Then — Which was above two months after the former decree. All which time God suffered the Jews to lie under the error of this dreadful day, that they might be more throughly humbled for, and purged from those many and great sins under which they lay; that they might be convinced of their great sin and folly in the many offers they had had of returning to their native country, by which means being dispersed in the several parts of this vast dominion, they were like to be a very easy prey to their enemies, whereas their brethren in Judea were in a better capacity to preserve themselves: and for the greater illustration of God's glorious power, and wisdom, and goodness, in giving his people such an admirable and unexpected deliverance.
And he wrote in the king Ahasuerus' name, and sealed it with the king's ring, and sent letters by posts on horseback, and riders on mules, camels, and young dromedaries:
Riders — Which were not employed in sending the former letter: but this coming later required more care and speed, that the Jews might be eased from their present fears, and have time to provide for their own defence.
Wherein the king granted the Jews which were in every city to gather themselves together, and to stand for their life, to destroy, to slay, and to cause to perish, all the power of the people and province that would assault them, both little ones and women, and to take the spoil of them for a prey,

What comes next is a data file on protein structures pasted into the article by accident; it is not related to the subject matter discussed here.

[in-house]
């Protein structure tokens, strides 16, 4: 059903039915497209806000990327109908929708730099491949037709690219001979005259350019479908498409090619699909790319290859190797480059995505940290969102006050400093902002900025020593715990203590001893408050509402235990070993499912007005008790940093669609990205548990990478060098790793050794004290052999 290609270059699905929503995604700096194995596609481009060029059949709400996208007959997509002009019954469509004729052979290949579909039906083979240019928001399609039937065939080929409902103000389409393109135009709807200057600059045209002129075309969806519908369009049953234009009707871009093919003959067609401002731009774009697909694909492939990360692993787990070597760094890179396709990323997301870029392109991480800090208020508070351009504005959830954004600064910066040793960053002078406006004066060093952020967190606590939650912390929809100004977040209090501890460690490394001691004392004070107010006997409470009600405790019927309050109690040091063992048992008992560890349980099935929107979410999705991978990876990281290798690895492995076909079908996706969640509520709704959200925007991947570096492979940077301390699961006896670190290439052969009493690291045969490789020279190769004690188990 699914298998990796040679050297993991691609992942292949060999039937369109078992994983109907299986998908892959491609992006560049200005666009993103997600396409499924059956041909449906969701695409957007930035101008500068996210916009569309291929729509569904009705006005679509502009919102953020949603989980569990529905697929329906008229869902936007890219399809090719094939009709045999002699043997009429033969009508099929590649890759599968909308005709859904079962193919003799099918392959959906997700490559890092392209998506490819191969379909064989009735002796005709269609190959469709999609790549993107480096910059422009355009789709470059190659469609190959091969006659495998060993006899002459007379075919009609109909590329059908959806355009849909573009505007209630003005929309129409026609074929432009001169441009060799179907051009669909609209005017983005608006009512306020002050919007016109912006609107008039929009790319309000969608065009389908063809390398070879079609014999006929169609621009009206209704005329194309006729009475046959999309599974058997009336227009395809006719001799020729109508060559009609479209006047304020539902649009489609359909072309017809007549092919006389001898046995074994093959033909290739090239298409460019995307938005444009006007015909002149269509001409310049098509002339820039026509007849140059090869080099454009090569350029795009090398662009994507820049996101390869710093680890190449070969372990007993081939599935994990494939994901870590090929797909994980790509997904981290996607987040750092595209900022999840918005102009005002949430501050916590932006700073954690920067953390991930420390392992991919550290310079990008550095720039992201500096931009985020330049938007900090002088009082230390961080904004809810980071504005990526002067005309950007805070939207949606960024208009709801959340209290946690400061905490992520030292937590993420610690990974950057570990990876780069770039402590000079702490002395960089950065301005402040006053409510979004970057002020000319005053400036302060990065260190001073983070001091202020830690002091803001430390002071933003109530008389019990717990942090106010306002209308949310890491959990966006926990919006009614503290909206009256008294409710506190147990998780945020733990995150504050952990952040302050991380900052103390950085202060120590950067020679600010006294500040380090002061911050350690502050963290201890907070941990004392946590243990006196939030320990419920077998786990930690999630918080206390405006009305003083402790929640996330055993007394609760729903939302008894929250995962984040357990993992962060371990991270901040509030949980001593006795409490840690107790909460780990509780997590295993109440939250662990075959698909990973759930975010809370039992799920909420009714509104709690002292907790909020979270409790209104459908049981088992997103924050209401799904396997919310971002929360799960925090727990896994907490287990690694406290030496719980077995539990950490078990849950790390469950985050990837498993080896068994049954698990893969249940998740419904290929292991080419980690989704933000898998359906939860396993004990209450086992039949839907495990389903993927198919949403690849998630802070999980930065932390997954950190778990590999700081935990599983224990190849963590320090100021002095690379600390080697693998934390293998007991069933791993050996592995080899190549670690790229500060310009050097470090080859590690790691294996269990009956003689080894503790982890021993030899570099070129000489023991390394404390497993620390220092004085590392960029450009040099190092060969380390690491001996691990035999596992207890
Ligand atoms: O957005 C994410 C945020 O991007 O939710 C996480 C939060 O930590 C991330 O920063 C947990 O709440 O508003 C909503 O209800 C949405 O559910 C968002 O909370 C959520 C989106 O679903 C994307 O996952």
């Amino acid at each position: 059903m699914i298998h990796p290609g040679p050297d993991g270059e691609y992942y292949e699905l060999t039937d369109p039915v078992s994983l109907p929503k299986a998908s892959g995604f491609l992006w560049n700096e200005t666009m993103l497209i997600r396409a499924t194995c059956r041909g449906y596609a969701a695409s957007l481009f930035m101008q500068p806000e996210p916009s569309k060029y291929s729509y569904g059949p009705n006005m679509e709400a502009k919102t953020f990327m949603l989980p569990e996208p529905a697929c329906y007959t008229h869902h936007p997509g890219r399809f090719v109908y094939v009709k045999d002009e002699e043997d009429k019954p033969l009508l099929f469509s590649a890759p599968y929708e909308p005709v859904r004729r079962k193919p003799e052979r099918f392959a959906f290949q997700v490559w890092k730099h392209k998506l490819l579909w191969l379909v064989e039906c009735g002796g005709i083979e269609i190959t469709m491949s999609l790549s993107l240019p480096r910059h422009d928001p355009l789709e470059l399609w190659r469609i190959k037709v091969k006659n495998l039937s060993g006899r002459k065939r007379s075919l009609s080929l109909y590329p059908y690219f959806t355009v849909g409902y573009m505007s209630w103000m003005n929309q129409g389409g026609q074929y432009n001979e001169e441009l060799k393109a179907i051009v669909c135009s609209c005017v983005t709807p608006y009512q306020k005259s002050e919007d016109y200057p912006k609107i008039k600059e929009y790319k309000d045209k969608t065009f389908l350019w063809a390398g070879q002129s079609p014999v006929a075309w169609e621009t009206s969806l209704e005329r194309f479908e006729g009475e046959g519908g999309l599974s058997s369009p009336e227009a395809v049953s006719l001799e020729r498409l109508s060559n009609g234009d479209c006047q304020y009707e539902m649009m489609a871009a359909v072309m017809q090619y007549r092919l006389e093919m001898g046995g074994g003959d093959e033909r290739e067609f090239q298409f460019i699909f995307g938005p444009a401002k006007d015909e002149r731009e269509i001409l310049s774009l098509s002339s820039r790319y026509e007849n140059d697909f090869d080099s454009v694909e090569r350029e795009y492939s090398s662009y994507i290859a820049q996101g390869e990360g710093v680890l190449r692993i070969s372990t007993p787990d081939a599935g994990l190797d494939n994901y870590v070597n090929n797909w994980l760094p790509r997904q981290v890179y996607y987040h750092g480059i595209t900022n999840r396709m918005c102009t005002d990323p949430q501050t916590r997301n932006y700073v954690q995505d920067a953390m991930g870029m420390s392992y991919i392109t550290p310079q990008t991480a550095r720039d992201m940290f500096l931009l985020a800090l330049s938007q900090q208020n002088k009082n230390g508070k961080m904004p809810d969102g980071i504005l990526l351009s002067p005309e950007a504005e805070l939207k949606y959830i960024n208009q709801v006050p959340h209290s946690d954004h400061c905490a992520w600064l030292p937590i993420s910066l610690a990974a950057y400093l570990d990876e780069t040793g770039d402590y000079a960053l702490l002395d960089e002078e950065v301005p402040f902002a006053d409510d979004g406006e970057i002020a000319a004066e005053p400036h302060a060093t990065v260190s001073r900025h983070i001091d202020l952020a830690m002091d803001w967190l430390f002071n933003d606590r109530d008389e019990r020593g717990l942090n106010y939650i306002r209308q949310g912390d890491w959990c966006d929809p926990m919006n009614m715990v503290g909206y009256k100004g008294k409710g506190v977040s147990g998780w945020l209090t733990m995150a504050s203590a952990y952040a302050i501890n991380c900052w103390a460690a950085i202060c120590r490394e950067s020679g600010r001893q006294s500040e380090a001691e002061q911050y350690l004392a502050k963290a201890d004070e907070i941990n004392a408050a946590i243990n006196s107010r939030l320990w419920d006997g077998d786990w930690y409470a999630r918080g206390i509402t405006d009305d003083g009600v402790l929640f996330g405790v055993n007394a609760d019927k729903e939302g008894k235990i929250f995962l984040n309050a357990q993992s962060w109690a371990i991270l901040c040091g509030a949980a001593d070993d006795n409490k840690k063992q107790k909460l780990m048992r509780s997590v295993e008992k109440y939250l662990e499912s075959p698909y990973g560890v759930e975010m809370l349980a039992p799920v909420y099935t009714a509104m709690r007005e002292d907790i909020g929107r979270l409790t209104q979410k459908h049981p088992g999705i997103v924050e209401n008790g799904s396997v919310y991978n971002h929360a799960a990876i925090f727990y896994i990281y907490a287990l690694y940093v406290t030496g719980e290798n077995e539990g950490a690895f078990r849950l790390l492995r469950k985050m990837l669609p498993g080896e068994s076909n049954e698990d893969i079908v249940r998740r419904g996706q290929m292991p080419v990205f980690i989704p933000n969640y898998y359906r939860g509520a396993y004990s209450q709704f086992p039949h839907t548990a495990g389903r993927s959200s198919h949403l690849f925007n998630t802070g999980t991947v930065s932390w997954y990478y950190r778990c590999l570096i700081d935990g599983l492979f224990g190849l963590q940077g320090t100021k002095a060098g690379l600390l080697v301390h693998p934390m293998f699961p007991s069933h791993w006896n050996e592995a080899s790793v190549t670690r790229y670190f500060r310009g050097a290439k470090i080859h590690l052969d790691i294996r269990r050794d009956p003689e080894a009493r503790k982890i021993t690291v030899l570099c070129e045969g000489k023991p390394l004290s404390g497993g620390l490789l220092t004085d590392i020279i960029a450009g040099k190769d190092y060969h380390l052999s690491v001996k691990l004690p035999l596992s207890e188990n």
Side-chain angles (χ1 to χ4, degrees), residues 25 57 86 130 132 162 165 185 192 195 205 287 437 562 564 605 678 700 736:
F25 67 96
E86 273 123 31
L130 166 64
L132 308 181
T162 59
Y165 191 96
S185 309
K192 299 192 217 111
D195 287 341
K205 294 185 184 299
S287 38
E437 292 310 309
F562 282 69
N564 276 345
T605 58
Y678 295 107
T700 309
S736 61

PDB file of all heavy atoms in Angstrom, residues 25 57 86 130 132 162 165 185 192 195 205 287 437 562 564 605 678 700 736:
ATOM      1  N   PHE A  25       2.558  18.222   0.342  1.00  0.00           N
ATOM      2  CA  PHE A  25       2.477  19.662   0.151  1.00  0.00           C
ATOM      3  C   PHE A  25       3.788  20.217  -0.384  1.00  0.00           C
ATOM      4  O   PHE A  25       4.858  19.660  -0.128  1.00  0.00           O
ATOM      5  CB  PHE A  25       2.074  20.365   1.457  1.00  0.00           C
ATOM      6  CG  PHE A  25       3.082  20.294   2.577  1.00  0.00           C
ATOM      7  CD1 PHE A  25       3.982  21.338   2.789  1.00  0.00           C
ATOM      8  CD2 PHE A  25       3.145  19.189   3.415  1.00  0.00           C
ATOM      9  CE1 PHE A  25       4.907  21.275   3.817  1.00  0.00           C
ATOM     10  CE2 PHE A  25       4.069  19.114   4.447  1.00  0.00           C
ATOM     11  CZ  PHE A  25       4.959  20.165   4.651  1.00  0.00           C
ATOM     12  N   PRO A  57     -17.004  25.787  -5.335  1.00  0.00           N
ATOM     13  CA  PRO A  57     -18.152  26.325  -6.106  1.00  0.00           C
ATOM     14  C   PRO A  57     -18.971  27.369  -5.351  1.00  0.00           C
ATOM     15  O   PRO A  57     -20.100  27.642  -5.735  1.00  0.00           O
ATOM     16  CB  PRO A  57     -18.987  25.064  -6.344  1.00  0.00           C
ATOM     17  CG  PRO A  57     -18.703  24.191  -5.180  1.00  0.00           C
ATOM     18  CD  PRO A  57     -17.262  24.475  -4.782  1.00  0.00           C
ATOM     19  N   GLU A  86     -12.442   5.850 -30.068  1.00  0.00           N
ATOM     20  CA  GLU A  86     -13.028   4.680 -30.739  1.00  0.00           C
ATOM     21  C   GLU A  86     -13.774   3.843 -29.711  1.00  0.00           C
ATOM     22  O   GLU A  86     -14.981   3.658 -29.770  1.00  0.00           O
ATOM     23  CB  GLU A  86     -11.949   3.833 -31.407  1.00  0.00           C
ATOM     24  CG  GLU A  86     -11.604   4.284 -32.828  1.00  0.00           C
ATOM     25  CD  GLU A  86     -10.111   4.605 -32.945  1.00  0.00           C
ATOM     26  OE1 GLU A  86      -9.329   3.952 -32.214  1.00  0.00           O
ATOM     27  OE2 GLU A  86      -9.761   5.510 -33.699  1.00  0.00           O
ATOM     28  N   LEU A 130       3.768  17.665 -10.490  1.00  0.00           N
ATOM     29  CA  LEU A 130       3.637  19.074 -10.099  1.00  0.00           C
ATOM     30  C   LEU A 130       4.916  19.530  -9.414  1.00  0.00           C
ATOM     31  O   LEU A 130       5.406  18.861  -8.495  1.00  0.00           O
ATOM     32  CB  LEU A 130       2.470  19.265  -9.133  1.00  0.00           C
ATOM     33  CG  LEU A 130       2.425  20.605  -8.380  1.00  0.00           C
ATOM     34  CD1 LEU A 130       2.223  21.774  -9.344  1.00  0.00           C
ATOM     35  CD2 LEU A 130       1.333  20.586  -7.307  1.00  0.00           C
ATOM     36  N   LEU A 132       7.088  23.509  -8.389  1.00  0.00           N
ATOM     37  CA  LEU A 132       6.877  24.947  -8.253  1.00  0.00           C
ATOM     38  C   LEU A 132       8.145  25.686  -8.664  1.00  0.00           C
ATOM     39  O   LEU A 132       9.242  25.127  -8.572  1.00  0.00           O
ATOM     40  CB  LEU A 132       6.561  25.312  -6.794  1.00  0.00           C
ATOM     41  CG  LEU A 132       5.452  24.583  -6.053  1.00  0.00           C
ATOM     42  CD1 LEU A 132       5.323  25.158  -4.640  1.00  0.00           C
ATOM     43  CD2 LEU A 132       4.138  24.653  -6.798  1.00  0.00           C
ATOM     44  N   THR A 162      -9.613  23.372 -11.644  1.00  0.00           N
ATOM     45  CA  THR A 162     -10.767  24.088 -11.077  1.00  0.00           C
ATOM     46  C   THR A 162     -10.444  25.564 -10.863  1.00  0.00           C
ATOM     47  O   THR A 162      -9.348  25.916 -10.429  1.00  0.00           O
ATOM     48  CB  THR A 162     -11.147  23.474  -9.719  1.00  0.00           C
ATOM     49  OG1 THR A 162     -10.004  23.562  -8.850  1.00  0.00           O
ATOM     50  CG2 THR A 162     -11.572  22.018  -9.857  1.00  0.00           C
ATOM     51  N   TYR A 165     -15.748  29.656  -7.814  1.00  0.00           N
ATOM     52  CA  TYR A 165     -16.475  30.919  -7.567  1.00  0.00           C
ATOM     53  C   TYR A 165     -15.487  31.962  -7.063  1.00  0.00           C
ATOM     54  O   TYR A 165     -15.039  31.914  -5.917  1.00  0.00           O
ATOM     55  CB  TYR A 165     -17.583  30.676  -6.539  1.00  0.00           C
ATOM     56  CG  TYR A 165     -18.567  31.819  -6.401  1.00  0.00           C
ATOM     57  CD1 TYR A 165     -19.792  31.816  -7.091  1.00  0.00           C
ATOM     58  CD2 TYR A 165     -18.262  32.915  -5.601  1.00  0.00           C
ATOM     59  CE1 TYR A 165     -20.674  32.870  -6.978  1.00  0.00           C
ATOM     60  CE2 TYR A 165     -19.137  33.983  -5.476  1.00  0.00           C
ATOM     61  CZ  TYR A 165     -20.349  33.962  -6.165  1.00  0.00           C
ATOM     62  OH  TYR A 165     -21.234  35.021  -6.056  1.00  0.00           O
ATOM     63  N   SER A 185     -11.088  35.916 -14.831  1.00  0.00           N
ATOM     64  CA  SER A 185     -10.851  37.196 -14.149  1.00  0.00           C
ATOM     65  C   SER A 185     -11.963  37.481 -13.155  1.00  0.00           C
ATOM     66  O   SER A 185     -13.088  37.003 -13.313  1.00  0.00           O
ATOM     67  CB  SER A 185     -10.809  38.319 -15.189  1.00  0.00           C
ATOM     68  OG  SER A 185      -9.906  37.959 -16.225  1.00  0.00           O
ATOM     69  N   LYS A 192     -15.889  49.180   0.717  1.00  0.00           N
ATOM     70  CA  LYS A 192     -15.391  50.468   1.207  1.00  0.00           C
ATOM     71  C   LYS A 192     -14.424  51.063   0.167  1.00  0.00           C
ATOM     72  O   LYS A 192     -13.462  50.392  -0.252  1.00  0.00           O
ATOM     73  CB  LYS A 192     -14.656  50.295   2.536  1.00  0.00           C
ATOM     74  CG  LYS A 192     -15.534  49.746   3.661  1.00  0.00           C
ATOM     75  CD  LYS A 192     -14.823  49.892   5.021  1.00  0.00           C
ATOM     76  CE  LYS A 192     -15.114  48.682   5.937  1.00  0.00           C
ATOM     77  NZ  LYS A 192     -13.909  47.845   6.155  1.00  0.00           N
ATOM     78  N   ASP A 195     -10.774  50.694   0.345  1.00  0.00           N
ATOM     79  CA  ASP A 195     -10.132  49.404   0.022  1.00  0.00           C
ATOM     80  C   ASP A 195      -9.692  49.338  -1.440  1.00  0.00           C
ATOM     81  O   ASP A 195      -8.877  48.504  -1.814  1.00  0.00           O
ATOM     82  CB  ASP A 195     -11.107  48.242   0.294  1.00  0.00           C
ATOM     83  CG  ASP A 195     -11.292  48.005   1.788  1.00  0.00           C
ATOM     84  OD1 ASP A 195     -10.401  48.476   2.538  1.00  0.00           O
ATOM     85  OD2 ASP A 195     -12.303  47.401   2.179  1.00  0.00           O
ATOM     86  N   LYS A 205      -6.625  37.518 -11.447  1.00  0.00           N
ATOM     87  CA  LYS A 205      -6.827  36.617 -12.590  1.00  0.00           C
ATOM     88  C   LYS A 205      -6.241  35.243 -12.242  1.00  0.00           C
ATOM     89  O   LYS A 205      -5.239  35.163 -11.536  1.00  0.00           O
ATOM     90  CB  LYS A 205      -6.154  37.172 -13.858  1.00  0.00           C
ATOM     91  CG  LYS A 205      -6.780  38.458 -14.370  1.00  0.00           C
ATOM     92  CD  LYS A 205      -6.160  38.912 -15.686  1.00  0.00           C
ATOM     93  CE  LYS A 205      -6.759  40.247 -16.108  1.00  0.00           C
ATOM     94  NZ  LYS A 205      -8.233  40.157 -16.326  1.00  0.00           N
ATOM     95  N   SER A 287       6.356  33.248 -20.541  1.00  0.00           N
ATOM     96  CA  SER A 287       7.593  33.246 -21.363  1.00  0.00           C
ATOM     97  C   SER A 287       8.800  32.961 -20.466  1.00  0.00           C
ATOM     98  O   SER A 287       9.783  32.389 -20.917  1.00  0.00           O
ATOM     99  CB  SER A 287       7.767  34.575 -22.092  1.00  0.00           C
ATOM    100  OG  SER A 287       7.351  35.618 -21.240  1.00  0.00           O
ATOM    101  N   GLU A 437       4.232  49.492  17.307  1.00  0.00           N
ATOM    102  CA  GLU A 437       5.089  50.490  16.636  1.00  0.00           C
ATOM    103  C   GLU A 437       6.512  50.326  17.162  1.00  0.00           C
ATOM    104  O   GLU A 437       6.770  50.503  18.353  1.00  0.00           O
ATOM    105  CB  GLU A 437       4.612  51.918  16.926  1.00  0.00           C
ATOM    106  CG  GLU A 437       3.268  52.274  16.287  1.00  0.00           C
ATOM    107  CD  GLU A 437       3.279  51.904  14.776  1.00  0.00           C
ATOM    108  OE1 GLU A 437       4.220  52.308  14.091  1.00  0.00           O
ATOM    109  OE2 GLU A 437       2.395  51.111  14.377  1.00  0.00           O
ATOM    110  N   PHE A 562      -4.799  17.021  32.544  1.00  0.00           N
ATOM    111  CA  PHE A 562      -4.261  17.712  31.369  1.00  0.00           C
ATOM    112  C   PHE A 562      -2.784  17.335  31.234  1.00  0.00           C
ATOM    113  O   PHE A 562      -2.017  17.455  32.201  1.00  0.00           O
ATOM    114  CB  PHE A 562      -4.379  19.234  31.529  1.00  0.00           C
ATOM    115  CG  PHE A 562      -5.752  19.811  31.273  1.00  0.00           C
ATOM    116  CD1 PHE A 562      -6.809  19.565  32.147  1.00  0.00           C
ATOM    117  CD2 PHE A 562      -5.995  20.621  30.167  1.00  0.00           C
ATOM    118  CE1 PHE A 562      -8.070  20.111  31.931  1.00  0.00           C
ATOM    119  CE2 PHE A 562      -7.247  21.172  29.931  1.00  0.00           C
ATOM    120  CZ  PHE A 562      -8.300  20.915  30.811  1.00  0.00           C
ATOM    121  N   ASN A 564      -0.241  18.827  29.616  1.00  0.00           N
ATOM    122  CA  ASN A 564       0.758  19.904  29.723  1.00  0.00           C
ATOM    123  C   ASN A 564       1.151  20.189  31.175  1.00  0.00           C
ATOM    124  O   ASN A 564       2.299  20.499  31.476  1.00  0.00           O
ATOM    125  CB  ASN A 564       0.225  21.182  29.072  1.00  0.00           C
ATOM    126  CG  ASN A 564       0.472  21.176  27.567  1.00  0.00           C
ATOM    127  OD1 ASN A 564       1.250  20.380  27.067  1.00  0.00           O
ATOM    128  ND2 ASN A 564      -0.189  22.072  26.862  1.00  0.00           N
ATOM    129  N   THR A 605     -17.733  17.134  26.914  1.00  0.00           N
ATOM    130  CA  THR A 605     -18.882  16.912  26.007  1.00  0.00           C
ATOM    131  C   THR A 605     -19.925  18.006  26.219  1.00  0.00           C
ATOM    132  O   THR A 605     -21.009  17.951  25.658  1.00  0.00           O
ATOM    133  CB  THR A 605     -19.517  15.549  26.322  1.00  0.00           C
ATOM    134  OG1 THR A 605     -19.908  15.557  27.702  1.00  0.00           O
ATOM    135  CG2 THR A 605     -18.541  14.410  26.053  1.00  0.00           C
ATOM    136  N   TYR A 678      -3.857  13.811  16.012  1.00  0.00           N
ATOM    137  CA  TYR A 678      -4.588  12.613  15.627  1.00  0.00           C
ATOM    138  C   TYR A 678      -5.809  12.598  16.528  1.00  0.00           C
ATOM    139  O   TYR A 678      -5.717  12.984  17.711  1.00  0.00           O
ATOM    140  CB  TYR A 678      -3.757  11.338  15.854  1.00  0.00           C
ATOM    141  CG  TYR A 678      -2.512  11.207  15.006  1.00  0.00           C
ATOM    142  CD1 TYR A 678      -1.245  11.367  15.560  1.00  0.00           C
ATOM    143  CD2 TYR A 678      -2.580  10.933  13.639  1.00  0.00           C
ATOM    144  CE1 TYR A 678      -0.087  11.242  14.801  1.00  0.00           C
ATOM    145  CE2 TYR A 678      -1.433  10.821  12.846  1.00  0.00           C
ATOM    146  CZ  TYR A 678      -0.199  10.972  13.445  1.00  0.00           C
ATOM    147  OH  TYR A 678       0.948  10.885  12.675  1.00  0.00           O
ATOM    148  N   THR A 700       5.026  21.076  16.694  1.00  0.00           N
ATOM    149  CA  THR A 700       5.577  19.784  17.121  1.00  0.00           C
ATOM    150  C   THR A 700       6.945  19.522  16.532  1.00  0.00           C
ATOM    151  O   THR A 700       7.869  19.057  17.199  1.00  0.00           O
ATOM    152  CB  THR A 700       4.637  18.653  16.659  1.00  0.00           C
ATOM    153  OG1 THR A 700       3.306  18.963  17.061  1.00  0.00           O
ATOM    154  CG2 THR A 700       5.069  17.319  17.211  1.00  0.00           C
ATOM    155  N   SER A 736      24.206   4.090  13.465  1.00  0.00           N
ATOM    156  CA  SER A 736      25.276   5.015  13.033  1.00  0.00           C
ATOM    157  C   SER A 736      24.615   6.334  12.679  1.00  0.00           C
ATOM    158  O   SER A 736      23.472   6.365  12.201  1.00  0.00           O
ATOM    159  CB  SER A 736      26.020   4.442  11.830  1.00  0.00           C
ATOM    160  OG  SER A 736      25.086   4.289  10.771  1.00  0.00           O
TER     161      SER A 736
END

To stand — To fight for the defence of their lives against all that should seek to destroy them.
The power — Either governors or governed, without any exception either of age, dignity, or sex, Both little ones and women - Which is here added, to strike the greater terror into their enemies; and according to the laws and customs of this kingdom; whereby children were punished for their parents offences: yet we read nothing in the execution of this decree of the slaughter of women or children, nor is it probable, they would kill their innocent children, who were so indulgent to their families, as not to meddle with the spoil.
And Mordecai went out from the presence of the king in royal apparel of blue and white, and with a great crown of gold, and with a garment of fine linen and purple: and the city of Shushan rejoiced and was glad.
Great crown — Which the chief of the Persian princes were permitted to wear but with sufficient distinction from the king's crown.
The city — Not only Jews, but the greatest number of the citizens, who by the law of nature abhorred bloody counsels, and had a complacency in acts of mercy.
The Jews had light, and gladness, and joy, and honour.
Joy — This explains the former metaphor by two words expressing the same thing, to denote the greatness of the joy.
Honour — Instead of that contempt under which they had lain.
These files are public domain and are a derivative of an electronic edition that is available on the Christian Classics Ethereal Library Website.
Wesley, John. "Commentary on Esther 8". "John Wesley's Explanatory Notes on the Whole Bible". https://www.studylight.org/